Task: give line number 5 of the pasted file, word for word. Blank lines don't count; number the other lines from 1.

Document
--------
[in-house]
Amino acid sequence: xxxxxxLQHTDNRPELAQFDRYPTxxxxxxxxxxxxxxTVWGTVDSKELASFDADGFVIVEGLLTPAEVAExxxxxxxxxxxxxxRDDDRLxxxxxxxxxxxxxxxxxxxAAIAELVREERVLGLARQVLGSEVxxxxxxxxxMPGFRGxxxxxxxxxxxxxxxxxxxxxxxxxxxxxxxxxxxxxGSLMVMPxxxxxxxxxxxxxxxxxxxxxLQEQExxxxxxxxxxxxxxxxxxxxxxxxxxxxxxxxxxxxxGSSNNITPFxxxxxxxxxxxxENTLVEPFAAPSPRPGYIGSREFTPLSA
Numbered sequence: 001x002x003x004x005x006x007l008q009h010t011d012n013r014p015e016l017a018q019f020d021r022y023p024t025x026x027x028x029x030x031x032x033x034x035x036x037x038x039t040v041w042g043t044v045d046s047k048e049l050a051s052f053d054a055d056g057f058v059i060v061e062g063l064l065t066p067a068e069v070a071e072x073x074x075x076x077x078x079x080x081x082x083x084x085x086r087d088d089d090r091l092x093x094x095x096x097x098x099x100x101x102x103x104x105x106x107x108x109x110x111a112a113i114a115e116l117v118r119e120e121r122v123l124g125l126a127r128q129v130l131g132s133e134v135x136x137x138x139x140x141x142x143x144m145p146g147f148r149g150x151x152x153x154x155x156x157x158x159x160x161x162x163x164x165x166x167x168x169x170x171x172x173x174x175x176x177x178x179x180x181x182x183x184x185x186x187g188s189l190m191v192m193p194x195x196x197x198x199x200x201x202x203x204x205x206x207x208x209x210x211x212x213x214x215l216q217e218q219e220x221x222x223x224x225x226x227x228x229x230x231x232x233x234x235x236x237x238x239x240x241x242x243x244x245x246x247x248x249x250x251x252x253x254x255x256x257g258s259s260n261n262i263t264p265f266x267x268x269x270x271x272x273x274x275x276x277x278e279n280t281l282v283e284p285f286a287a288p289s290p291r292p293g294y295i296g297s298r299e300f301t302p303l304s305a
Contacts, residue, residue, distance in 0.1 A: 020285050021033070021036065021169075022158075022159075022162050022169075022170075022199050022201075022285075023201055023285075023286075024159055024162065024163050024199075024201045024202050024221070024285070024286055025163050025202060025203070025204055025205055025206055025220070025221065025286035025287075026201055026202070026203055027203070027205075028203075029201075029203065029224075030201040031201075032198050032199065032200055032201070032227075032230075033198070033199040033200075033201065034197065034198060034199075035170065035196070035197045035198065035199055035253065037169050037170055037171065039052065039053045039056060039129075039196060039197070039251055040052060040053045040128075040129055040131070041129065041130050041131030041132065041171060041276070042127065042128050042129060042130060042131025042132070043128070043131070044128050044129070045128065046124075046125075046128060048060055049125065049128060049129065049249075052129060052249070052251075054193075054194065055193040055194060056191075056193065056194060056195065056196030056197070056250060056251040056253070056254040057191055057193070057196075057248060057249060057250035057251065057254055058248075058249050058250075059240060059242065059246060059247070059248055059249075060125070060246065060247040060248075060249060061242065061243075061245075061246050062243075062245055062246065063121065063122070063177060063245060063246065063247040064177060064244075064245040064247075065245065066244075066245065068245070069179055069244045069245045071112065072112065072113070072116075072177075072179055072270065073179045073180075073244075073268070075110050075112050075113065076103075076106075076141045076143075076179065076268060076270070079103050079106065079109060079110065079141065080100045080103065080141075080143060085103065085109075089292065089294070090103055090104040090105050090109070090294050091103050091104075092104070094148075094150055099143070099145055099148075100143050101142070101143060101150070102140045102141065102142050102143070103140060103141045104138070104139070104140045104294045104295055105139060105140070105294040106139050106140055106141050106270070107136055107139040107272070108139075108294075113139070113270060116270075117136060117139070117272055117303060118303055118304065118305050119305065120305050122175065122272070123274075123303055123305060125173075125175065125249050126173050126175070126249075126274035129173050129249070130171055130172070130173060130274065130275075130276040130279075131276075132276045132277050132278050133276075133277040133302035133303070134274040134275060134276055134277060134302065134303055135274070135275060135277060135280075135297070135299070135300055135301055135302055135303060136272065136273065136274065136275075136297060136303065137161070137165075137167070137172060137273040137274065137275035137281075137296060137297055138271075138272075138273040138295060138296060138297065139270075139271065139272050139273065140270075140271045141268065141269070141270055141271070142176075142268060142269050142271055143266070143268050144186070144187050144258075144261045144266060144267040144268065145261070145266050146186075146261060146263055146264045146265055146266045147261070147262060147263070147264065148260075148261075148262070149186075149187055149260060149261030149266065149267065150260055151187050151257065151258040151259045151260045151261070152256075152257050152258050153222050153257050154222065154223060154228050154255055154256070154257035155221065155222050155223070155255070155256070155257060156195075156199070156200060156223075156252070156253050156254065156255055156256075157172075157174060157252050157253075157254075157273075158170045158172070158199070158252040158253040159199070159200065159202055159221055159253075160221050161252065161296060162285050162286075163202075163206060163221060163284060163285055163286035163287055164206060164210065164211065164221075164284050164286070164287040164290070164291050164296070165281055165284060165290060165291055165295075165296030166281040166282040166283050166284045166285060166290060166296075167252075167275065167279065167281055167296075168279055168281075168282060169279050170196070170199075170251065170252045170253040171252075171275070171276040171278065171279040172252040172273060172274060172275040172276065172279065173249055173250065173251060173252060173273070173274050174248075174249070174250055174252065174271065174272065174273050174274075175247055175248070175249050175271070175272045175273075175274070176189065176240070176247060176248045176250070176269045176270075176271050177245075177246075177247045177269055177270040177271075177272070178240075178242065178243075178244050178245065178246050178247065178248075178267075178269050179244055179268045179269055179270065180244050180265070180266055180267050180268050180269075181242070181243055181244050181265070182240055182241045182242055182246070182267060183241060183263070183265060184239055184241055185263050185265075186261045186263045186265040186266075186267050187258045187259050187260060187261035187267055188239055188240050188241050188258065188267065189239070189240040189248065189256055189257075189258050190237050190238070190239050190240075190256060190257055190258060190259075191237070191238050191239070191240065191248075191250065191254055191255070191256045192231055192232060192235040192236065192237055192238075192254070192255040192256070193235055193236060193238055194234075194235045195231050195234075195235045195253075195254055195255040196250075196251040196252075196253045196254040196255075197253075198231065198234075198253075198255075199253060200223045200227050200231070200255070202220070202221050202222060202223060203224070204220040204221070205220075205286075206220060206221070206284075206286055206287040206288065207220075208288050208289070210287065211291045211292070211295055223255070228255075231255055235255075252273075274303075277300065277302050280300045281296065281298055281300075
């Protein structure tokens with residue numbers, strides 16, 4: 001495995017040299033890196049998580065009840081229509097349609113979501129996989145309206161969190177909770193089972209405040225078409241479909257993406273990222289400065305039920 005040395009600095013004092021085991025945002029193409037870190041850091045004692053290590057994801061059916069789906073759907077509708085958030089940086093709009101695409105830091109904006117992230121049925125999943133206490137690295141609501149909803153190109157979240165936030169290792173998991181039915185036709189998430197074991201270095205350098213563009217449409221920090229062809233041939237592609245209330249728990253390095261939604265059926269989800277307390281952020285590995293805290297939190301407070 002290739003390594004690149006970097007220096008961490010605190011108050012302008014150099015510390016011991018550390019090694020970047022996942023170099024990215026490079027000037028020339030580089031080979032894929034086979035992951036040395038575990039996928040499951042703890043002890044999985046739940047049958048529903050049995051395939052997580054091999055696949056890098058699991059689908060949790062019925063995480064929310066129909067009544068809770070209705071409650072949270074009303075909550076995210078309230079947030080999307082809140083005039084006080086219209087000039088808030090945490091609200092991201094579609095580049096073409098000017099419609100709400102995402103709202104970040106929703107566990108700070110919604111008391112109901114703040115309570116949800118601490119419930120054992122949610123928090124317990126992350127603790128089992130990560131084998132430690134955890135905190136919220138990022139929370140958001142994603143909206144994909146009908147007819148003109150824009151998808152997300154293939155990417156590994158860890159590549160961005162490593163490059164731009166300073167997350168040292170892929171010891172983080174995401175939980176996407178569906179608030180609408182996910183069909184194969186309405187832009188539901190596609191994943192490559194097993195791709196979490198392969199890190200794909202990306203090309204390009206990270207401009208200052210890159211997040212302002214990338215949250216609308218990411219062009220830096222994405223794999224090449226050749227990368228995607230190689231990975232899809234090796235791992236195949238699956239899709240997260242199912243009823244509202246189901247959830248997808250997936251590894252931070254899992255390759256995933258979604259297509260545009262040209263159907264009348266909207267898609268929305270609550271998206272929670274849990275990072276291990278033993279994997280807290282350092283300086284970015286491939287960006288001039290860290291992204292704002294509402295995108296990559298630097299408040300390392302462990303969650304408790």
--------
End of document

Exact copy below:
């Protein structure tokens with residue numbers, strides 16, 4: 001495995017040299033890196049998580065009840081229509097349609113979501129996989145309206161969190177909770193089972209405040225078409241479909257993406273990222289400065305039920 005040395009600095013004092021085991025945002029193409037870190041850091045004692053290590057994801061059916069789906073759907077509708085958030089940086093709009101695409105830091109904006117992230121049925125999943133206490137690295141609501149909803153190109157979240165936030169290792173998991181039915185036709189998430197074991201270095205350098213563009217449409221920090229062809233041939237592609245209330249728990253390095261939604265059926269989800277307390281952020285590995293805290297939190301407070 002290739003390594004690149006970097007220096008961490010605190011108050012302008014150099015510390016011991018550390019090694020970047022996942023170099024990215026490079027000037028020339030580089031080979032894929034086979035992951036040395038575990039996928040499951042703890043002890044999985046739940047049958048529903050049995051395939052997580054091999055696949056890098058699991059689908060949790062019925063995480064929310066129909067009544068809770070209705071409650072949270074009303075909550076995210078309230079947030080999307082809140083005039084006080086219209087000039088808030090945490091609200092991201094579609095580049096073409098000017099419609100709400102995402103709202104970040106929703107566990108700070110919604111008391112109901114703040115309570116949800118601490119419930120054992122949610123928090124317990126992350127603790128089992130990560131084998132430690134955890135905190136919220138990022139929370140958001142994603143909206144994909146009908147007819148003109150824009151998808152997300154293939155990417156590994158860890159590549160961005162490593163490059164731009166300073167997350168040292170892929171010891172983080174995401175939980176996407178569906179608030180609408182996910183069909184194969186309405187832009188539901190596609191994943192490559194097993195791709196979490198392969199890190200794909202990306203090309204390009206990270207401009208200052210890159211997040212302002214990338215949250216609308218990411219062009220830096222994405223794999224090449226050749227990368228995607230190689231990975232899809234090796235791992236195949238699956239899709240997260242199912243009823244509202246189901247959830248997808250997936251590894252931070254899992255390759256995933258979604259297509260545009262040209263159907264009348266909207267898609268929305270609550271998206272929670274849990275990072276291990278033993279994997280807290282350092283300086284970015286491939287960006288001039290860290291992204292704002294509402295995108296990559298630097299408040300390392302462990303969650304408790």